Adding to this, you weren't at Ruby Tuesday and so they probably didn't drown the salad. Almost certainly WAY <1000 calories unless it was topped with fried Bang Boom Shrimp.
posted by ftm at 7:51 PM on September 2, 2015 [1 favorite]

Call it 500 and then realize that no one decision is going to make or break your diet.

Basically this. You can look up an approximately dressed salad in the counting program you are using, but I've been doing this for a few years and I'd call it 500 unless there was something else (avocado, bacon bits, croutons) in the salad.
posted by jessamyn at 7:55 PM on September 2, 2015 [12 favorites]

I'd go look at the nutrition information for chop't those salads are huge but not like trying to break a record for calories in a salad like chilis. Without any protein to speak of, I'd say somewhere between 500-750. And really that's building in a large margin of error.
posted by whoaali at 8:00 PM on September 2, 2015

tl;dr -- about 3 ounces

Think about how it might've been dressed to gauge the serving amount. Was it poured on top? Or was the dressing pretty evenly distributed?

If evenly distributed, the dressing was probably poured into a mixing bowl, then topped with the greens, and then shaken or folded/stirred. In which case, the amount of dressing was likely a full 4-oz ladle, maybe part of two -- enough to cover the bottom of the mixing bowl.

Now, you didn't get all of that, because some was left behind.
posted by Cool Papa Bell at 8:26 PM on September 2, 2015

I'd ballpark it at 2-4 tablespoons. Erring on the over-counting side, let's say 4. Classic vinaigrette is 3:1 oil to vinegar ratio. 3 tablespoons of olive oil is 360, 1 tablespoon red wine vinegar about 15. ~400ish.

That might be an overestimate, but better to go over than go under. I highly doubt it was less than 2 tablespoons --- an ounce of dressing is a very small amount of liquid for a whole plate of greens, and restaurants (bowing to the tastes of the American public) tend to be pretty heavy handed with the dressing.

Of course, that's assuming the plate I'm imagining is the same size as the one you got --- if this was some chain restaurant sized salad bowl with half-a-head of iceberg, then it could be 600 or so on the dressing. Would doubt you got up to 1000, though, unless there was bacon, cheese, meat or avacado in there. A plain green salad with a vinaigrette I'd say estimate 400 and call it a day.
posted by Diablevert at 9:03 PM on September 2, 2015

I couldn't find really good pictures with decent references like e.g. a hand or a standard dinner plate, or with a normal depth of field, but just for a rough visual comparison, one tablespoon/15 ml of olive oil (120 calories) looks like this (and this). One tablespoon of the balsamic I like is 40 calories (I doubt you got that much vinegar), and two teaspoons of straight sugar = 33 calories. Would you guess that you consumed that much?

I'd say you ingested 350 tops (including three cups of raw spinach = 21 calories); probably closer to 200-250.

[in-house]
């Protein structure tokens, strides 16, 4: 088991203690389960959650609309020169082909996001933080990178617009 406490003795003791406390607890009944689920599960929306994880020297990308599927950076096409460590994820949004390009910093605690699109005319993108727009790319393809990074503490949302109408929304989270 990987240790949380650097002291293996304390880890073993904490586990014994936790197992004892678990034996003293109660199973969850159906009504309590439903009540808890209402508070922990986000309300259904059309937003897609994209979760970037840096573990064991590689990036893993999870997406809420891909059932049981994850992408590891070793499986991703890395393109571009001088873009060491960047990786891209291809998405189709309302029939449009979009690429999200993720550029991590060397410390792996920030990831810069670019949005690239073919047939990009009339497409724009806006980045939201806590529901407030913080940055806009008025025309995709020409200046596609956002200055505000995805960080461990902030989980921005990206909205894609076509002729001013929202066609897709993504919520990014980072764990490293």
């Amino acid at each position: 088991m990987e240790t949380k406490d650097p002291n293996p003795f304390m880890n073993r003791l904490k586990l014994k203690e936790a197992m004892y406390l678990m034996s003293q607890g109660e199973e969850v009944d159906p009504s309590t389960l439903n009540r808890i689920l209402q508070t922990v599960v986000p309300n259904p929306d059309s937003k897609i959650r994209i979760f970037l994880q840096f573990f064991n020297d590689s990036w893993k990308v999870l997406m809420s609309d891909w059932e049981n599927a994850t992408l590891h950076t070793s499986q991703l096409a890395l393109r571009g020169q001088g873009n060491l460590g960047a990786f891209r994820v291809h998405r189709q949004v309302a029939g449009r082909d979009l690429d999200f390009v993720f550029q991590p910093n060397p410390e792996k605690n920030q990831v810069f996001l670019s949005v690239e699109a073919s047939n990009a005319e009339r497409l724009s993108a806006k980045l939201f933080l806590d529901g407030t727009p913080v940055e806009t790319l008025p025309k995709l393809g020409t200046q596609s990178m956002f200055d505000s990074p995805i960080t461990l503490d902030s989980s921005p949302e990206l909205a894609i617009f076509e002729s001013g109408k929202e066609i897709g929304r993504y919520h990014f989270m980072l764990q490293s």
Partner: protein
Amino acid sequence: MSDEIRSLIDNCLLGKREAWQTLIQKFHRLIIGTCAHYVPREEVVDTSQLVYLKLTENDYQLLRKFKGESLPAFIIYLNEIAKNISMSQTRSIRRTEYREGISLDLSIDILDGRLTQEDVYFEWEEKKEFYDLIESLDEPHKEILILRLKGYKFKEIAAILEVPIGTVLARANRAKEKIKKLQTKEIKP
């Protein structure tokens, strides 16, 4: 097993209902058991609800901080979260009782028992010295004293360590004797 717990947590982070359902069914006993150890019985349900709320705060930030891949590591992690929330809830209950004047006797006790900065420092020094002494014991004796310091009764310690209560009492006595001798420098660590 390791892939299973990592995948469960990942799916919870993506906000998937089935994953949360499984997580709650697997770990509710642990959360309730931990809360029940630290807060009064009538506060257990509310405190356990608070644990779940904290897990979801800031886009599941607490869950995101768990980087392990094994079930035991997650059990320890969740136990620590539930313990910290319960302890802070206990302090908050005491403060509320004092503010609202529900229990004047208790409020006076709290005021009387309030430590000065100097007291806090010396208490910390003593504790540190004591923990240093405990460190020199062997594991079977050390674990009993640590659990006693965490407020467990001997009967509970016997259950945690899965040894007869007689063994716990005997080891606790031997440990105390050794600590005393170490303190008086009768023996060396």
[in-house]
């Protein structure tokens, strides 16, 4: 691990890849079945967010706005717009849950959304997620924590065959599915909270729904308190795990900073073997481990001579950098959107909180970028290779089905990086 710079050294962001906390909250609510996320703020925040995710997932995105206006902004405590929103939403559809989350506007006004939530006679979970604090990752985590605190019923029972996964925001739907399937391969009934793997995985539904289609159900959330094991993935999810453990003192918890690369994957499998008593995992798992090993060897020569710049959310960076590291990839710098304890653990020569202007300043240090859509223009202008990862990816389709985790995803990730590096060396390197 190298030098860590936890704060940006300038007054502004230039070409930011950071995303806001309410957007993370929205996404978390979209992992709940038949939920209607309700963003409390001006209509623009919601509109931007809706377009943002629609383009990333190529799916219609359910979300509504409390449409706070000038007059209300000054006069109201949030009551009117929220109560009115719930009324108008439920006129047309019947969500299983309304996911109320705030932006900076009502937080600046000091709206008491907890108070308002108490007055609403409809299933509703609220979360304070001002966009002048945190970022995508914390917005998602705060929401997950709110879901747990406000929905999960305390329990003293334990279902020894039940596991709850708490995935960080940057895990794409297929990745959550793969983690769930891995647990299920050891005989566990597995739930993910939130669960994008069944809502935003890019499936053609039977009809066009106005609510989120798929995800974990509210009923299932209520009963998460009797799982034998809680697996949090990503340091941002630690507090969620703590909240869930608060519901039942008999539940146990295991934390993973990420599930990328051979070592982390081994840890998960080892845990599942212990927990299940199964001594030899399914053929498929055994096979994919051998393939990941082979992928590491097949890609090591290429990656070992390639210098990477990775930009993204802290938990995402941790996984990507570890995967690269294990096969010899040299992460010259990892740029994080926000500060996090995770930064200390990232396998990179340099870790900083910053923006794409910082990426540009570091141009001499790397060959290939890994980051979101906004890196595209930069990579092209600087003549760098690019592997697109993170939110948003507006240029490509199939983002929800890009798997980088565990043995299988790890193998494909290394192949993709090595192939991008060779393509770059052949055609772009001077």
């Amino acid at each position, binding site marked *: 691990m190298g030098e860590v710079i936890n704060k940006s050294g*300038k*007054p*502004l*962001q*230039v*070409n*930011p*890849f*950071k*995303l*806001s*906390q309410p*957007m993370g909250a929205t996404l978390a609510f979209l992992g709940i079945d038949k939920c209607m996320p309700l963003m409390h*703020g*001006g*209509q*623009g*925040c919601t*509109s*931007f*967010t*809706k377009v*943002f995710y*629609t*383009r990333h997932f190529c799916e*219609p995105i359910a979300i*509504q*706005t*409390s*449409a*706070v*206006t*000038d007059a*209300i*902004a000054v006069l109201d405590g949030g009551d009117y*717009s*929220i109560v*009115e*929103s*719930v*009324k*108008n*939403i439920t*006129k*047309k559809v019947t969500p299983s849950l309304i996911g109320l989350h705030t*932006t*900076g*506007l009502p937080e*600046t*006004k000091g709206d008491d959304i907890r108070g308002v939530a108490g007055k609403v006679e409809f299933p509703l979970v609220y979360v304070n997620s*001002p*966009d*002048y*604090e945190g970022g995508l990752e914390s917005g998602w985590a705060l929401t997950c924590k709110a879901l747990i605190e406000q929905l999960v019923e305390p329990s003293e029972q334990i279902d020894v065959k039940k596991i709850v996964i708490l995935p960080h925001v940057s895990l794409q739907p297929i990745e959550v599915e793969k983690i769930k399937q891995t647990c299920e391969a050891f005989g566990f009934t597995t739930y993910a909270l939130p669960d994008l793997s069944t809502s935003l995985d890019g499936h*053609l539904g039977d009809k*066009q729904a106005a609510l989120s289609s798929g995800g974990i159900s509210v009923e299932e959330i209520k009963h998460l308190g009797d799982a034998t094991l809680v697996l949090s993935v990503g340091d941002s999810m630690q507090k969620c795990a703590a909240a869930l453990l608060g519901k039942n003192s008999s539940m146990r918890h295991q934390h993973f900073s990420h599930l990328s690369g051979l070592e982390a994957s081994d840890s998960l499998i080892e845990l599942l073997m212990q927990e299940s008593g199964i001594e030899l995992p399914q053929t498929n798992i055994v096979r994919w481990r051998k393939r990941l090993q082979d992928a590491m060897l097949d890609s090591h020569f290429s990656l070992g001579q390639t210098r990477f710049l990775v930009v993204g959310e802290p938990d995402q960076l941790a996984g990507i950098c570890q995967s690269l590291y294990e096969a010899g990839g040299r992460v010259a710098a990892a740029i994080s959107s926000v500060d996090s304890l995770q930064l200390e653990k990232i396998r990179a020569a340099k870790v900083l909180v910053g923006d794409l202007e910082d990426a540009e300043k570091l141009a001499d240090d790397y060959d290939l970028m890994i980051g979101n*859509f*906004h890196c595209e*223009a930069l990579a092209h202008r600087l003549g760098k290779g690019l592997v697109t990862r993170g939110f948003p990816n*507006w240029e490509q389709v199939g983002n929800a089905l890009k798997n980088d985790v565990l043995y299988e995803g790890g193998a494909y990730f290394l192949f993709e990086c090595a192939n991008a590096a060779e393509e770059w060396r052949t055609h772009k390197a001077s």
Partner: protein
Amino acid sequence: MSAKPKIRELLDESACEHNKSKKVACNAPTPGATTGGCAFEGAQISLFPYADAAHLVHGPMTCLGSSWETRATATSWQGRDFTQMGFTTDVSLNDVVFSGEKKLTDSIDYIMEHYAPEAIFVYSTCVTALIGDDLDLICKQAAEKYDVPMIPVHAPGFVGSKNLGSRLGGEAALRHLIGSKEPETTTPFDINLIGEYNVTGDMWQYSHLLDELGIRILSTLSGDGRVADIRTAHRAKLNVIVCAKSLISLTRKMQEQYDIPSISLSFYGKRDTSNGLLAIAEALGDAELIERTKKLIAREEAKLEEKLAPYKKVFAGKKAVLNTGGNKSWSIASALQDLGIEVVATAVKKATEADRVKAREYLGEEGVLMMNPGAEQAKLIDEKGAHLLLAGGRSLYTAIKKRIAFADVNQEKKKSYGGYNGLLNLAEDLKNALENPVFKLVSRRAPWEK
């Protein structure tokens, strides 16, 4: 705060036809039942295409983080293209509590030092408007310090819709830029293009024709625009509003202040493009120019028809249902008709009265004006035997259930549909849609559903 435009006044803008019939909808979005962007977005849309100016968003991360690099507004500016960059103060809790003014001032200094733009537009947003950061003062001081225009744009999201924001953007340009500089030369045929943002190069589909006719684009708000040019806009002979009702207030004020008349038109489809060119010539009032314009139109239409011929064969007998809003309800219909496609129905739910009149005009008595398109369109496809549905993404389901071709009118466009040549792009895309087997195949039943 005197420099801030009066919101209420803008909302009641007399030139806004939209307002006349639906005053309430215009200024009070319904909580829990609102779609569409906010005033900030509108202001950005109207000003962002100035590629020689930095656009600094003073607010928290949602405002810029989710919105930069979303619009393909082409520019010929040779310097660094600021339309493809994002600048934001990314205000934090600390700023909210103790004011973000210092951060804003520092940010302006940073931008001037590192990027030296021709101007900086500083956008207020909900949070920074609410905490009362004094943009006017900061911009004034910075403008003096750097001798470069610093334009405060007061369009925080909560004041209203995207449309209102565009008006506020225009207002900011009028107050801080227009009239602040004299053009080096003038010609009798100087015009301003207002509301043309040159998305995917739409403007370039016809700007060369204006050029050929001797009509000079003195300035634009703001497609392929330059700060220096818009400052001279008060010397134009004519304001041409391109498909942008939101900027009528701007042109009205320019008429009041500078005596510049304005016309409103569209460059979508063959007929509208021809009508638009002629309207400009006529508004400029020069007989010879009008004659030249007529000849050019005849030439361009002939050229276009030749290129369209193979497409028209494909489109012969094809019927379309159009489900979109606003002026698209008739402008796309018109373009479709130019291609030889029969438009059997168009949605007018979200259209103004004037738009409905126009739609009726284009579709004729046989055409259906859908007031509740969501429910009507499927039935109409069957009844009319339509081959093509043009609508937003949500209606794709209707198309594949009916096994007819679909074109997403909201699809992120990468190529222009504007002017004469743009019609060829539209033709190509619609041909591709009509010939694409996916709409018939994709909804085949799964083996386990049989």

posted by cotton dress sock at 9:27 PM on September 2, 2015 [1 favorite]

I'm a dietitian (although not your dietitian of course, and I don't generally work with counting exact calories for weightloss purposes) and I'd estimate a big plate of leafy green salad tossed with vinaigrette at max 400 kcal, possibly even less than 300 kcal. Now, a salad drenched in a thick, goopy dressing would be a slightly different beast because you can end up basically spooning ladles of pure dressing into your mouth, but vinaigrette barely even clings to the leaves!

Your question was short but I get the impression you're stressed about the whole thing. A plate of greens with vinaigrette will not ruin your diet, I promise. Salads are getting a bad rep nowadays because the general public was slow to realize that restaurant salads often contain large amounts of croutons, cheese, bacon, fried chicken, avocado, nuts or other energy dense ingredients. But what you had barely counts as a snack, and a healthy one to boot. No worries!
posted by sively at 6:05 AM on September 3, 2015 [3 favorites]

n which case, the amount of dressing was likely a full 4-oz ladle

That would be crazy. The greens would be gloppy. I did this for a living a long time. In a tossed salad with vinaigreette, it's 2 T, max max max.
posted by Miko at 6:09 AM on September 3, 2015 [1 favorite]

The really killer calorie counts in restaurant salads are from the croutons or other starches added, the cheese, the breading, fry oil or sugar/HFCS in the glazing in the protein added, and the sugar/HFCS in the creamy dressings. A salad with none of the preceding, but with olive oil added, is going to struggle to exceed 300 calories ... maybe 500 with a generous portion of grilled fish, shrimp or chicken.
posted by MattD at 8:07 AM on September 3, 2015 [1 favorite]

The vinaigrette I make at home contains 2 tablespoons of olive oil (plus balsamic vinegar, mustard and crushed garlic) and is enough to dress a whole bowl of salad, so say two full dinner plates worth.

That would put your serving of dressing at about 120 calories for the tbsp of oil, plus a few extra calories for the other ingredients.
posted by w0mbat at 3:38 PM on September 3, 2015 [1 favorite]

The most important thing about counting calories is that you are counting calories, not that it's always an exact science. That is, it gives you a definite boundary to stop eating during the day without allowing for unlimited eating temptations. Getting close in measurements is important, but having a lifestyle of cutting out indiscriminate eating is probably more so. So in cases like this, I'd also call it about 500 and keep on pressing on with the self-reflective eating habits as accurately as possible, and the system can compensate for it over the long haul. It will not derail your overall efforts, even if not exact.
posted by SpacemanStix at 4:34 PM on September 3, 2015